When the four horsemen, including school teacher from Sweet Home, came to 124, Sethe was terrified that she and her children was going to be brought back to the plantation. Sethe had to make the most difficult decision to kill her children, but only was successful in killing her baby, Beloved (Morrison, 174-180). Most people would say that Sethe made the wrong decision, but if we examine Sethe's character or personality and the conditions of living on a slave plantation, there will be better evidence to conclude that Sethe's decision is justified. One could argue that Sethe was being selfish because she did not want to be enslaved again, but throughout the novel Sethe always puts others first, and as a mother, she did not want her children to be raised into slavery or die as a slave. Another reason she could be said to be selfish is Sethe was able to go on and live her life, but Beloved was not even given the chance. However, although Sethe was able to live and remain free from slavery, her life was not easy and happiness was rare. For example, at the carnival is where Sethe felt happiness in a long time (Morrison, 52-59). This will be further explained later. Then, one could argue that Denver was also a baby and she was able to grow and overcome adversities, but like Sethe's life, Denver's was not a walk in the park either and the loss of her sister tormented both her and her mother's lives. If Sethe did not kill Beloved, she would never have gone to jail and would have been brought back to Sweet Home, where Beloved and Denver would have been raised and probably would have had a worst life. It is very hard to understand Sethe's motive behind committing infanticide, but she did what she did because it was instinctual as a mother and she was trying to protect her young. Therefore, Sethe deciding to kill Beloved was the better decision for her and her children. .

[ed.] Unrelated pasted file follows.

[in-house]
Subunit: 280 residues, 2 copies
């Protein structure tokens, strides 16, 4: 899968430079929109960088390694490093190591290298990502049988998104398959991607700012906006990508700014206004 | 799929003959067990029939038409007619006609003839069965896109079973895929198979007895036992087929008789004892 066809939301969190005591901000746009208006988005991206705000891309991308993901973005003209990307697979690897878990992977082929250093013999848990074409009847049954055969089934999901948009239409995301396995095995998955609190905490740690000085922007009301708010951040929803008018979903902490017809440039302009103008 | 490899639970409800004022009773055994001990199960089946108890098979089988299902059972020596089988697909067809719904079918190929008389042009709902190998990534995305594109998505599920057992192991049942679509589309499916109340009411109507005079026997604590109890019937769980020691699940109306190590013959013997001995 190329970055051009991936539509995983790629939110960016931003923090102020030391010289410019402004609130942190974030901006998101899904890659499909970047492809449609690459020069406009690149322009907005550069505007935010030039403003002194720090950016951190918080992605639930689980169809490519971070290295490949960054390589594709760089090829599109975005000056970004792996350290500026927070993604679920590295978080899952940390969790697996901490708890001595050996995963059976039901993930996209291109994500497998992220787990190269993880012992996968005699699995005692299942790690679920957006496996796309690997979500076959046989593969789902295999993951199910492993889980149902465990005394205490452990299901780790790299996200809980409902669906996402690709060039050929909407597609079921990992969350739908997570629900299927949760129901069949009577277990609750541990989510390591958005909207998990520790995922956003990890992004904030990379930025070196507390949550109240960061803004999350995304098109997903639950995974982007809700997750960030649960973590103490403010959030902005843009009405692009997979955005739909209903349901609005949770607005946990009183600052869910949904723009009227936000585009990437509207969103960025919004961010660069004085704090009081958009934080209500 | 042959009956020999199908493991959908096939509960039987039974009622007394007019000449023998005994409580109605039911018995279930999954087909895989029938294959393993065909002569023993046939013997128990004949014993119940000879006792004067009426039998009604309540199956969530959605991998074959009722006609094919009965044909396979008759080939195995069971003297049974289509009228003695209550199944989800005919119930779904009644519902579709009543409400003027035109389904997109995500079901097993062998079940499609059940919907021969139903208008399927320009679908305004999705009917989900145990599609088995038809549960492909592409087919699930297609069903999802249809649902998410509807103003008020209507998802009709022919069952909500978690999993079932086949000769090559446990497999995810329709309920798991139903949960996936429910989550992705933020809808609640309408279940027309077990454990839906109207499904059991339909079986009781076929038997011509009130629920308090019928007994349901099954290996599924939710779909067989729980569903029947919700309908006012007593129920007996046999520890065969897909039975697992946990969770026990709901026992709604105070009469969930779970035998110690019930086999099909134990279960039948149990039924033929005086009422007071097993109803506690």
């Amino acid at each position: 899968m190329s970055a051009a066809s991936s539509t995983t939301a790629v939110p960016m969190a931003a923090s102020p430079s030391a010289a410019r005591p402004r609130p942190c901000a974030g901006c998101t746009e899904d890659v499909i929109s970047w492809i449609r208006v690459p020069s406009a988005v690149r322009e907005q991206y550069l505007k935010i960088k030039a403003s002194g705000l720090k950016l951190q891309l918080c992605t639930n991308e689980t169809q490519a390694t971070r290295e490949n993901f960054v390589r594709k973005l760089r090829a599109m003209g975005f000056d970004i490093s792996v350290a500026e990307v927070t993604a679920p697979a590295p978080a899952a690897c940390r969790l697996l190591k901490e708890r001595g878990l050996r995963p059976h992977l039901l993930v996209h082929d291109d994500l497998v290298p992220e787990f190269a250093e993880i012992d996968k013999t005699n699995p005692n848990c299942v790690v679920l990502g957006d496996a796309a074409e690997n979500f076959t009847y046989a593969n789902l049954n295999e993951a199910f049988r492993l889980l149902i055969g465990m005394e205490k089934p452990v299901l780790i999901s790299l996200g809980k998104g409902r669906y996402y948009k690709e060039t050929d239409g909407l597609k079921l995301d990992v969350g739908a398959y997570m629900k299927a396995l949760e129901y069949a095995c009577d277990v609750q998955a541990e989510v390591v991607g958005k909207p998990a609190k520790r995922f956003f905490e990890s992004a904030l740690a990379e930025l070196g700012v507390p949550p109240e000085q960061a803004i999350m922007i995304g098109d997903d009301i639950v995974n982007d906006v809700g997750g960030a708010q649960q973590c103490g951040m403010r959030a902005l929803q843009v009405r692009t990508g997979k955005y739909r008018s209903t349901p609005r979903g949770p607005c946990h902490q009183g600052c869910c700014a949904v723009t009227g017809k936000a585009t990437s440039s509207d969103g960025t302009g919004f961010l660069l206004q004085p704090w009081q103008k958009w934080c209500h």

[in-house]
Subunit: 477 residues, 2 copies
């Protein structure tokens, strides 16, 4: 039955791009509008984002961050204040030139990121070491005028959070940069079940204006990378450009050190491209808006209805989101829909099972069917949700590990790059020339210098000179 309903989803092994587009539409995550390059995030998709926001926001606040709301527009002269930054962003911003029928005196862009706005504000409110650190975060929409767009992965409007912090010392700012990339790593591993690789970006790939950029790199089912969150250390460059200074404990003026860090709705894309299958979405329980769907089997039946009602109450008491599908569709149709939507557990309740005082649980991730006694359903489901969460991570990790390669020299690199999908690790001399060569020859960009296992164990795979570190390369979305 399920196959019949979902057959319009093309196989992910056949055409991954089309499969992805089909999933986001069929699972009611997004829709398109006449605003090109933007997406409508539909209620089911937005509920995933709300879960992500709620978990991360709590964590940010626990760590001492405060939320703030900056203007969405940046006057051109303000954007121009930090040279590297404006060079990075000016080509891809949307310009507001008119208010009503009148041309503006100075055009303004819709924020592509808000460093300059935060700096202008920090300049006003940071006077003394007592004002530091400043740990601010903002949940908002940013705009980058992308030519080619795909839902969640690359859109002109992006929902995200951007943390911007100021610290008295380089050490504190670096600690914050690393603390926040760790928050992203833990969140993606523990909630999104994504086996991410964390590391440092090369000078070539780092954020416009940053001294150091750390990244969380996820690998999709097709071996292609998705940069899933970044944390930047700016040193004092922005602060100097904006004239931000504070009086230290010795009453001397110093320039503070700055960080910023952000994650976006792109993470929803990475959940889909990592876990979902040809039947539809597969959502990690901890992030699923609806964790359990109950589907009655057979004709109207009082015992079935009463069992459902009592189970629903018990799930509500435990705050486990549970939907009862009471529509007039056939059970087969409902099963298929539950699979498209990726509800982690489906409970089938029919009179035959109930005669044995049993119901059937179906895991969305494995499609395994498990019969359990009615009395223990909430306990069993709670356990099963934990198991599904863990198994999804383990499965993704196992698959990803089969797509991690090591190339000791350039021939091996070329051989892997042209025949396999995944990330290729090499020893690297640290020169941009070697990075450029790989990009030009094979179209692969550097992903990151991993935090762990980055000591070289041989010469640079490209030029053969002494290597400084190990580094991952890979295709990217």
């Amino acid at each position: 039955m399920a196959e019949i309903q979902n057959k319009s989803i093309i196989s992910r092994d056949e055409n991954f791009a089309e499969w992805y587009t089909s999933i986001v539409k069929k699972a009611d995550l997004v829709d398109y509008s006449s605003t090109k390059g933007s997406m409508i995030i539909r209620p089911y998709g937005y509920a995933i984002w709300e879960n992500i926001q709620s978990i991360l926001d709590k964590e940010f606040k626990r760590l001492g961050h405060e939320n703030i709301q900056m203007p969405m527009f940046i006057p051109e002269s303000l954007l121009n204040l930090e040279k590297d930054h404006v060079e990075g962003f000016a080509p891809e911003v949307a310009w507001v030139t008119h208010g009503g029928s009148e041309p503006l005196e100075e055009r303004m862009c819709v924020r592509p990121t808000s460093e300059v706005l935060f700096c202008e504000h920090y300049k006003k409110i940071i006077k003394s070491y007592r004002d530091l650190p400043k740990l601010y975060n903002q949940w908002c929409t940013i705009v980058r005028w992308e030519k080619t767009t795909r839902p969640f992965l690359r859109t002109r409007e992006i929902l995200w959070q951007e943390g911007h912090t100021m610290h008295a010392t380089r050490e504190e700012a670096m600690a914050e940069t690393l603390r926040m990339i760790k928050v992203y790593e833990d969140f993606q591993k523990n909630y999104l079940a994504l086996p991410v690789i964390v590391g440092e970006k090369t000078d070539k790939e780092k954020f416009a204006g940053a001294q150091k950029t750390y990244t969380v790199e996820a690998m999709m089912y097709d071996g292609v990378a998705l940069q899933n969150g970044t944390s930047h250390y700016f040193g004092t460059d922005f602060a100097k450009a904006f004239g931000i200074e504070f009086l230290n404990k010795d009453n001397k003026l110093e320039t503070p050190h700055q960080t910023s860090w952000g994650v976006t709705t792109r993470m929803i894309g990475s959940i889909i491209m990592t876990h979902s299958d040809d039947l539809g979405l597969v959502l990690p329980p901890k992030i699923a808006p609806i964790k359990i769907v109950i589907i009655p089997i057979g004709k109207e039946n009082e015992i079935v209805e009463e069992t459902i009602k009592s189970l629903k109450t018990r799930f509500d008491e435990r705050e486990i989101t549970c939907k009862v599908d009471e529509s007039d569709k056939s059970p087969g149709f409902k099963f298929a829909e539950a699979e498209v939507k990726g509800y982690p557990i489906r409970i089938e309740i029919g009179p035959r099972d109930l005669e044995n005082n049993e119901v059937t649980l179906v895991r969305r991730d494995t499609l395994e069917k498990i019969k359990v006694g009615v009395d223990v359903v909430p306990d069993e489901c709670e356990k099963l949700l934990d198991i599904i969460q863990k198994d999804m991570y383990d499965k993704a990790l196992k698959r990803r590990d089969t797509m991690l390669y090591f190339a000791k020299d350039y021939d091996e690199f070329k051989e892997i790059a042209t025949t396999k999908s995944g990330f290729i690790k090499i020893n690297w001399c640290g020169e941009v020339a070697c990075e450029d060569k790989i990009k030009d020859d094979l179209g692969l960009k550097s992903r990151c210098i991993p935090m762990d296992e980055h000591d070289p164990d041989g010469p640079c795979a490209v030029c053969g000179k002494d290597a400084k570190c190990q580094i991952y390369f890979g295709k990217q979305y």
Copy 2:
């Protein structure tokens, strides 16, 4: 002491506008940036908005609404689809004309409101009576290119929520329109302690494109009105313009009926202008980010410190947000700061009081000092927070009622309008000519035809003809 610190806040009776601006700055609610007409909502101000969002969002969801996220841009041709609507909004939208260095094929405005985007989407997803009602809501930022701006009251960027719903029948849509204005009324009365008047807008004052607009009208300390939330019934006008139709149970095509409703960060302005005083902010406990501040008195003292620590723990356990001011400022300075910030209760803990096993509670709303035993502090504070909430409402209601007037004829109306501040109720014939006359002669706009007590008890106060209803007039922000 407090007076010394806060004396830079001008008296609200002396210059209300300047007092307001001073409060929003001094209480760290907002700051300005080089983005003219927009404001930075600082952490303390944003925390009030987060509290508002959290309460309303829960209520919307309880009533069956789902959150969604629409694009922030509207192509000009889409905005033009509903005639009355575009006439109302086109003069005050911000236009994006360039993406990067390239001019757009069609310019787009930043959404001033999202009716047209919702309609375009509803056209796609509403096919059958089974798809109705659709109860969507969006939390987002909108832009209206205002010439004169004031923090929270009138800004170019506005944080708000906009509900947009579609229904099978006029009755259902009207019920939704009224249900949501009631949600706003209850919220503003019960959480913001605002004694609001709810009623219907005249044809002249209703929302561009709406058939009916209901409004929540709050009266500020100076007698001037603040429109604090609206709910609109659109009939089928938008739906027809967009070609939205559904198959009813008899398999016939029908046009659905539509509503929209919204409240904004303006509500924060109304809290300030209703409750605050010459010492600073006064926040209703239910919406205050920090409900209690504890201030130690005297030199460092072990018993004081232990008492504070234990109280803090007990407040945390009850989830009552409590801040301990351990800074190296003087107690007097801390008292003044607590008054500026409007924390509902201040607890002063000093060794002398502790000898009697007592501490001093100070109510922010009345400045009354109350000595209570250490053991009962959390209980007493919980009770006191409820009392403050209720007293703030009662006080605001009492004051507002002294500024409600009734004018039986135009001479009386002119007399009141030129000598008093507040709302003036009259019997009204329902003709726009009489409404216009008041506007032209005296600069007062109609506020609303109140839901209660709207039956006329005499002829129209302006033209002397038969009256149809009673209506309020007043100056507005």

A mother killing her own child may be the worst crime anyone could commit, so it was surprising when Sethe admitted to killing Beloved.